Keynote abstract, John Hoberman

Sport and the Doping of Everyday Life

John Hoberman, Professor, University of Texas at Austin, USA

Investigating the relationship between sports doping and the doping of human activities outside the sports world is the ultimate doping problem, because it threatens to dissolve the line that separates a traditionally honored “spirit of sport” from the motivations that drive other human performances, such as productive thinking or musical virtuosity.  Demoting “the spirit of sport” from its special status in our ethical pantheon would signal a transformation of this global subculture and thereby subject it to potentially unlimited technological innovations aimed at boosting performance. This development seems plausible given the authority (if not the total hegemony) of the performance principle (Leistungsprinzip) that drives our technological civilization. Whole sectors of modern life are driven by a perpetual and constantly adapting enhancement process that does not allow for self-reflection on the part of the competitors.

The abolition of a unique “spirit of sport” is thinkable, because it is tempting to assume that the performance principle driving our technological civilization is unitary and indivisible, and for that reason its authority applies equally to the full spectrum of human endeavors. The selective indignation that stigmatizes sports doping while tolerating, for example, pharmacologically influenced literary products does not seem to be rooted in any logic that would justify such a distinction.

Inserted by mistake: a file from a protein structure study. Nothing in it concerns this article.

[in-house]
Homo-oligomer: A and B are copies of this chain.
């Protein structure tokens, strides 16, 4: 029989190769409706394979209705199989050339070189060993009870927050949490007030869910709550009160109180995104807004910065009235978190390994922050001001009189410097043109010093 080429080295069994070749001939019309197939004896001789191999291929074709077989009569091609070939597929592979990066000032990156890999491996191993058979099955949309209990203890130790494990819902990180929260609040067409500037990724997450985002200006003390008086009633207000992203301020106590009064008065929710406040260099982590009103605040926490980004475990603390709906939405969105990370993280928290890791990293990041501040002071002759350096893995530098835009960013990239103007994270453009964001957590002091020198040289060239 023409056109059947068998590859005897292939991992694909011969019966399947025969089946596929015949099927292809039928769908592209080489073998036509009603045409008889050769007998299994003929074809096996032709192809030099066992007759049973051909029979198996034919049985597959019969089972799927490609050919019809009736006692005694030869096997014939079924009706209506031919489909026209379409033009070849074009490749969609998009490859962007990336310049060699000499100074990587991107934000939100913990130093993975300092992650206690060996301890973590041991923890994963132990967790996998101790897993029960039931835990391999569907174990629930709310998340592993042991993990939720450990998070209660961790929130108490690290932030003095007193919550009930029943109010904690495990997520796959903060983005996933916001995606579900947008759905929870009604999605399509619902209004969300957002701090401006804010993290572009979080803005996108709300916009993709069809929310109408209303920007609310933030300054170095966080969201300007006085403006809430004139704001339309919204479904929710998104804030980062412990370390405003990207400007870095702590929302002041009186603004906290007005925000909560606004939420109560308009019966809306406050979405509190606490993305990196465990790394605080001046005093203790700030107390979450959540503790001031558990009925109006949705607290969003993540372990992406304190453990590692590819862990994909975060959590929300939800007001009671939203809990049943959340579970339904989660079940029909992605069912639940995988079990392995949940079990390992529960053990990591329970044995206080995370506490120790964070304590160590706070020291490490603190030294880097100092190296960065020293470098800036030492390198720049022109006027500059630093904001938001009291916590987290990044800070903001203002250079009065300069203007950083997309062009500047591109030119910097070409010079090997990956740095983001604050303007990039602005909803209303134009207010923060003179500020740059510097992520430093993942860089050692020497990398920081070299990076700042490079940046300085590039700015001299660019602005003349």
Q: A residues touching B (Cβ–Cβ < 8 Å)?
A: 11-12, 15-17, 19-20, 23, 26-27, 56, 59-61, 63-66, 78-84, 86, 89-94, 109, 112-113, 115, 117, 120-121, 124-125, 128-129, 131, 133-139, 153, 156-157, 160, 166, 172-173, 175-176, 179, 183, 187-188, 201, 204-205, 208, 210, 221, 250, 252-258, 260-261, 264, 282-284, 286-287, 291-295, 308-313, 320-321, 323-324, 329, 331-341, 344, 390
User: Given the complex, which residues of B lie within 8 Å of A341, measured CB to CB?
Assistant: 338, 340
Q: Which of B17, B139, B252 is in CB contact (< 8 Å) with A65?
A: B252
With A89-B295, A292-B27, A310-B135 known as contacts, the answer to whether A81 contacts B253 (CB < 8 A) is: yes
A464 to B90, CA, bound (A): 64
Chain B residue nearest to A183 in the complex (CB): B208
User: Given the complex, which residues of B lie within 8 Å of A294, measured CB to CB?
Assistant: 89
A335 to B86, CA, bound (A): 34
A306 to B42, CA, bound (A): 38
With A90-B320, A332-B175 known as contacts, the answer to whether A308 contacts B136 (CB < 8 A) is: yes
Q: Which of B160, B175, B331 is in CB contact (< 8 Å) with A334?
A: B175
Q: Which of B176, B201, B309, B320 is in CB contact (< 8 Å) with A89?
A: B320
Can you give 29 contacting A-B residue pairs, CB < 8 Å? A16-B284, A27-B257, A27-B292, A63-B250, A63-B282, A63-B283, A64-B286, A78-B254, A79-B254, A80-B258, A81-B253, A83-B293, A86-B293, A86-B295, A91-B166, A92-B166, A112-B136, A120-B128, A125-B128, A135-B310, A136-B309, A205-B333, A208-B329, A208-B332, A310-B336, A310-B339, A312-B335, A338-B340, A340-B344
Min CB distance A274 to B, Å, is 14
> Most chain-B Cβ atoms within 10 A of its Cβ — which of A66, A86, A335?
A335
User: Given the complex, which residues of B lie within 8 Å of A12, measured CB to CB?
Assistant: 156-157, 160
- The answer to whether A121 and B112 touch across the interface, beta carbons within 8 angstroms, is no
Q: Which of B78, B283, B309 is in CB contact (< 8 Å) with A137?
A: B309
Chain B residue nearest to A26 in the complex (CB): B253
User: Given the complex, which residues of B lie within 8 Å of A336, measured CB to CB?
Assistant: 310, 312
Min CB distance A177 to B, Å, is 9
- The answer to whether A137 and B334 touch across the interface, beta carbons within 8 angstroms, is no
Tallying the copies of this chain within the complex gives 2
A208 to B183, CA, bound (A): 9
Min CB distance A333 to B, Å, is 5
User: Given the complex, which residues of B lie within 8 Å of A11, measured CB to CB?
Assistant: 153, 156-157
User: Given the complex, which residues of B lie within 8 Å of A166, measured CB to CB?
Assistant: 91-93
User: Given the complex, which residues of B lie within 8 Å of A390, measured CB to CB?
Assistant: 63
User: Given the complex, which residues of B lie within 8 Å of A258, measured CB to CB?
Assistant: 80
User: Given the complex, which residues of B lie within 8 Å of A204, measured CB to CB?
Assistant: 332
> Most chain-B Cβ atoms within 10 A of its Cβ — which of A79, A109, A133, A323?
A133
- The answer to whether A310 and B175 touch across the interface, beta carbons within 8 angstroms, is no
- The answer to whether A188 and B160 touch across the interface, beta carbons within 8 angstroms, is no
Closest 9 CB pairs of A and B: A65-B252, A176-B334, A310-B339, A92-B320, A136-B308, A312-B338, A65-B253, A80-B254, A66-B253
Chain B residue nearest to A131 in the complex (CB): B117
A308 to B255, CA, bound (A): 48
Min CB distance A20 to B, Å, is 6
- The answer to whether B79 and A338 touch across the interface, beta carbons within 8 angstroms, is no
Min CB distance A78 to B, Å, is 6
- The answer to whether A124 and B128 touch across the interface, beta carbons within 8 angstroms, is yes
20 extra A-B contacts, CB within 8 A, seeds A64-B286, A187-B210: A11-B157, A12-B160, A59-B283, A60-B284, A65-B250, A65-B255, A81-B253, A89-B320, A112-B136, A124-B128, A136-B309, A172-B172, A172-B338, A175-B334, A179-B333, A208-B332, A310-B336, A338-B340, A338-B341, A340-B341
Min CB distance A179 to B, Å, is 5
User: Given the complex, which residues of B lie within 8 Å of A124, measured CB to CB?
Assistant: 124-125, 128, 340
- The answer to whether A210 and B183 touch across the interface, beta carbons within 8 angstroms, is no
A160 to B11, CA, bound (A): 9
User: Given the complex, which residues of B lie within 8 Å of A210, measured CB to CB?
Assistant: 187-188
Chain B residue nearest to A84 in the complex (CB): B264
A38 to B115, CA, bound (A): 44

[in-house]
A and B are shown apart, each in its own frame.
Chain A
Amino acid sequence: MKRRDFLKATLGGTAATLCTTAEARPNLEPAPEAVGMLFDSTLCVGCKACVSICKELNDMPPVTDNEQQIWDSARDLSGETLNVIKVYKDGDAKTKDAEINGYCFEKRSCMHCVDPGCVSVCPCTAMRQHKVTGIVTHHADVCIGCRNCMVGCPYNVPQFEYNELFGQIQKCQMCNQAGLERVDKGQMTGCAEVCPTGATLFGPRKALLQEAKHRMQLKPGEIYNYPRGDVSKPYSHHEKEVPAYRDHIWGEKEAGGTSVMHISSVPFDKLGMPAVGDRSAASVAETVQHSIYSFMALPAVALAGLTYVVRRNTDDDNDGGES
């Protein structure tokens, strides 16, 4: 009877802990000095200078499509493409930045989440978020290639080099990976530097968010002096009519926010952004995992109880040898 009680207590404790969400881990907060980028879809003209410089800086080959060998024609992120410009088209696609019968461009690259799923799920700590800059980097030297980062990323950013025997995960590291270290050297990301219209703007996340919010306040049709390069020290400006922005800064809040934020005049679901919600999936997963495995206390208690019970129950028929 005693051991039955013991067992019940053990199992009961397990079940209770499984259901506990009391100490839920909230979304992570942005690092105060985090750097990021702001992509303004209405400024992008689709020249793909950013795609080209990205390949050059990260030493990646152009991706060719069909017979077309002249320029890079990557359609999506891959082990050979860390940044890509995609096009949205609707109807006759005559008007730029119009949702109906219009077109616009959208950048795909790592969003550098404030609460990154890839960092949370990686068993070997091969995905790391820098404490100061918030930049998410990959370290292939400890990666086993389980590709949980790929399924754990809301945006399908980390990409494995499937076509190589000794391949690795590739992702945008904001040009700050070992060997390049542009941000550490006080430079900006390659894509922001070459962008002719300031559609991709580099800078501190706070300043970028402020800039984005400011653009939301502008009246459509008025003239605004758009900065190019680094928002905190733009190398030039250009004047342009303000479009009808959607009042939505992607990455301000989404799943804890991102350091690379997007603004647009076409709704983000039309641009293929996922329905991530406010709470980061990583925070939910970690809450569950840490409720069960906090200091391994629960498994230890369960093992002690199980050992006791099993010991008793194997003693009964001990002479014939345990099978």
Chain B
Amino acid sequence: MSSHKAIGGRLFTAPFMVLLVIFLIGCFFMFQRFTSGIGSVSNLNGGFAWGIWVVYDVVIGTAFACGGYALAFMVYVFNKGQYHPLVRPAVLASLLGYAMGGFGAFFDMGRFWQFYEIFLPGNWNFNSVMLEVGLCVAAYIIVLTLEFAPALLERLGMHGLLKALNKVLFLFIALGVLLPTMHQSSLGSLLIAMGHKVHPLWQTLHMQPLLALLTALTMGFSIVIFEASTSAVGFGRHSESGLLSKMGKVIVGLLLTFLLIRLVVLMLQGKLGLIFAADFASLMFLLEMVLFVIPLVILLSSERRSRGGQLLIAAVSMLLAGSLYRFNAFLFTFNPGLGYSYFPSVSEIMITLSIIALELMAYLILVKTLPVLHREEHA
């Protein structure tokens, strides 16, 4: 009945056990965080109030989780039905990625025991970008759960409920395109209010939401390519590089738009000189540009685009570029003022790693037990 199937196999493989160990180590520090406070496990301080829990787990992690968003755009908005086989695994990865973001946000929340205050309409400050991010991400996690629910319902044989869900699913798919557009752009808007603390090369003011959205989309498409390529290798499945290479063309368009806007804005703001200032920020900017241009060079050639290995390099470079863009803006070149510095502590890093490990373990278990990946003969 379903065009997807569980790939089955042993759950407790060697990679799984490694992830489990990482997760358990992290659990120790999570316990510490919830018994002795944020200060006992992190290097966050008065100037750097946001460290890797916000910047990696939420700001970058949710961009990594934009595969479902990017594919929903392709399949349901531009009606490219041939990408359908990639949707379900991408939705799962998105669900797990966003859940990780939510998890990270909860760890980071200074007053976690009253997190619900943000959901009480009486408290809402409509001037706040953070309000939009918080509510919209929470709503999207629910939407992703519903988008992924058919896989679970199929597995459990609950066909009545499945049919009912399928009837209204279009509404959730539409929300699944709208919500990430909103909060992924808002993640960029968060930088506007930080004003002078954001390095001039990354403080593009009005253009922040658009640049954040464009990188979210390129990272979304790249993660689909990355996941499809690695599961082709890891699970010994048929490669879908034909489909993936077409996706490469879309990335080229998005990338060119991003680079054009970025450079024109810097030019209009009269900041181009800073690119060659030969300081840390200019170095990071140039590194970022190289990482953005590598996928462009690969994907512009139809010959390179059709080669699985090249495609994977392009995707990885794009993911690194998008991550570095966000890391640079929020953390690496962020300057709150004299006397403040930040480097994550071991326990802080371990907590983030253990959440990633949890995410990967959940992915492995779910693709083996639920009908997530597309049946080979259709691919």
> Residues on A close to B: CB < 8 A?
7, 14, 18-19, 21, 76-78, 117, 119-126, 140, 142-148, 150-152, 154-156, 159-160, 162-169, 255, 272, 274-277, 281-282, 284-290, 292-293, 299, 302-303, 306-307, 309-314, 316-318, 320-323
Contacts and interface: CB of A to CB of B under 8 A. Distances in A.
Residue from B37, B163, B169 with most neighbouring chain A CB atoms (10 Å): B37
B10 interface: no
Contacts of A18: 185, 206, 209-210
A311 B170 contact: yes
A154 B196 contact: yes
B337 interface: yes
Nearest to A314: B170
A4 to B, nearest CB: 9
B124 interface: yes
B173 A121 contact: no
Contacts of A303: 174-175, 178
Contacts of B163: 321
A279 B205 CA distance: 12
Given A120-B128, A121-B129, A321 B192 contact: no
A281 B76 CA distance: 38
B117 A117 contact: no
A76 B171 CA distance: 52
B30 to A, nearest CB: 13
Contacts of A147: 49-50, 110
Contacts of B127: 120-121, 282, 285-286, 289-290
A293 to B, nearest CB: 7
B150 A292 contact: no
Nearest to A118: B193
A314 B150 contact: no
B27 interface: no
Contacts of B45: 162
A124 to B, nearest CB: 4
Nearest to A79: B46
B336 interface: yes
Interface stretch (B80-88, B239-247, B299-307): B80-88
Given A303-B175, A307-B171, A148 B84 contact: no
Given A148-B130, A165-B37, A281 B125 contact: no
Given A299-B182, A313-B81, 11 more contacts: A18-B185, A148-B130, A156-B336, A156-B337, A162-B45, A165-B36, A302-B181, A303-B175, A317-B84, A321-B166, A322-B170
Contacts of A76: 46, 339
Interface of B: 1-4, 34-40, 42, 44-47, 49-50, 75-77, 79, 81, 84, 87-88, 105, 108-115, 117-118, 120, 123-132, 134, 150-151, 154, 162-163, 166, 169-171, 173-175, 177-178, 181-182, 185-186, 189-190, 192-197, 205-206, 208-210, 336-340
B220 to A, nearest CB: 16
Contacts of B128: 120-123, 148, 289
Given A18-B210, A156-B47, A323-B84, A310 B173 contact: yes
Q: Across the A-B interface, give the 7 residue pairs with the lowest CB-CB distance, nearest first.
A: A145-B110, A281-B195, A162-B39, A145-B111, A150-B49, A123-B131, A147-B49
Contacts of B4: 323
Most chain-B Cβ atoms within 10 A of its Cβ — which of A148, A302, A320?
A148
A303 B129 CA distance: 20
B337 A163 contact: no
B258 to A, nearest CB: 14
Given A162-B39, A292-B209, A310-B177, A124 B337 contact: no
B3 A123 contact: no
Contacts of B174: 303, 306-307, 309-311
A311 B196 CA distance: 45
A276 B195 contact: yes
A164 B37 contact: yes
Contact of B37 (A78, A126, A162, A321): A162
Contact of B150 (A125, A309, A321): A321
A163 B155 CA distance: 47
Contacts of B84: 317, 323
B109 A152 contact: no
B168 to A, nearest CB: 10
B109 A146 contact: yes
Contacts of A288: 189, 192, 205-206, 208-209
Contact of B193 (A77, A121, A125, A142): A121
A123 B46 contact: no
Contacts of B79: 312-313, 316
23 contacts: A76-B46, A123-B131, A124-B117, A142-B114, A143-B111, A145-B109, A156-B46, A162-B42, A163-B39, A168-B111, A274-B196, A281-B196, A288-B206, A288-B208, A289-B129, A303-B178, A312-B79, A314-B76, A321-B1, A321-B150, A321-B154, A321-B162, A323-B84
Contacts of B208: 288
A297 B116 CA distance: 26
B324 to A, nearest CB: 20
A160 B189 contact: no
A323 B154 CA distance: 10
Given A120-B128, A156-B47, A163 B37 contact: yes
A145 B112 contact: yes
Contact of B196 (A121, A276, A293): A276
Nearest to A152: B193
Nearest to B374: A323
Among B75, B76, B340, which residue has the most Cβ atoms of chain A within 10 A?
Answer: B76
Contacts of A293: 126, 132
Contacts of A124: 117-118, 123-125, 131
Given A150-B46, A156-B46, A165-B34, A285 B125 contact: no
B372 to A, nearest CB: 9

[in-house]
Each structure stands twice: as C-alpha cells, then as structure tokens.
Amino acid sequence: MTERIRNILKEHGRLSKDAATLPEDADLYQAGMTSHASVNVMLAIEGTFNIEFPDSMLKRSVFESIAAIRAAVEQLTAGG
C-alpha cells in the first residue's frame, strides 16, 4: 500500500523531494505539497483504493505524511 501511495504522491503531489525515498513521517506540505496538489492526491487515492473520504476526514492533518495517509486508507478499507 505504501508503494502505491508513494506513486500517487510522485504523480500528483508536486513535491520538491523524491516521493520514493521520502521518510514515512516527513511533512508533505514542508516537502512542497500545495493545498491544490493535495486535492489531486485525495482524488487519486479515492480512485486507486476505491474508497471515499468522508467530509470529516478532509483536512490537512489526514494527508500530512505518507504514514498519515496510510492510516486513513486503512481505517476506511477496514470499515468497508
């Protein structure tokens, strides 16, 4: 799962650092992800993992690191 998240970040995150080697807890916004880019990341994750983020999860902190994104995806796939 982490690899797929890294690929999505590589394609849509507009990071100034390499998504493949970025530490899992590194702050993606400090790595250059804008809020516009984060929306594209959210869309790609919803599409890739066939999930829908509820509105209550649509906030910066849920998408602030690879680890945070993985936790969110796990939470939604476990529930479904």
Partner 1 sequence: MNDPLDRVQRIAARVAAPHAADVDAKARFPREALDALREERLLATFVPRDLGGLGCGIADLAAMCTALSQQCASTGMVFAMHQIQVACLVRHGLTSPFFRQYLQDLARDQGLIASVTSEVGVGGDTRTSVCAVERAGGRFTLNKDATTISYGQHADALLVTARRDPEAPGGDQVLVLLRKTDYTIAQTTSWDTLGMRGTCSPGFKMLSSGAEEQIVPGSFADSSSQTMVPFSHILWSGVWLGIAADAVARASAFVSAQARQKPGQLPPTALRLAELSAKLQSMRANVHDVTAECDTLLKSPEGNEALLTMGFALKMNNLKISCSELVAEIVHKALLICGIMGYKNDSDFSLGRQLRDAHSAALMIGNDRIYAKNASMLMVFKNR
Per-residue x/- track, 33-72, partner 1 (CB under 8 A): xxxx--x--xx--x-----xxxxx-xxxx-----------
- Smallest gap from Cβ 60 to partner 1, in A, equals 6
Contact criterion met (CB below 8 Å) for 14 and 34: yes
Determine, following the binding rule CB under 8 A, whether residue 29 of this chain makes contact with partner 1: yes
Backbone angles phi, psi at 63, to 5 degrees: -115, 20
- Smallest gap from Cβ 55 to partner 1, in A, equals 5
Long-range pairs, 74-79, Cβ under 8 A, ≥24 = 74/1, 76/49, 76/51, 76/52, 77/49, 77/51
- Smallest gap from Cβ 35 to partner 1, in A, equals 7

The rhetorical function of this conundrum has been to support calls for the legalization of doping. Pointing to the broad spectrum of enhancement techniques that have become commonplace in non-sportive and socially significant performances is an implicit challenge to the special exception that has long been granted to sport. In recent years this challenge to the special exception has been strengthened by an unprecedented acknowledgement of how corrupt entire sectors of the sports world have become, for that which is profane cannot also be sacred. It is, therefore, all the more interesting that the anti-doping campaign in global sport has intensified, rather than collapsed, in response to unprecedented and damning knowledge about pandemic doping and an unprecedented crisis of global sports governance.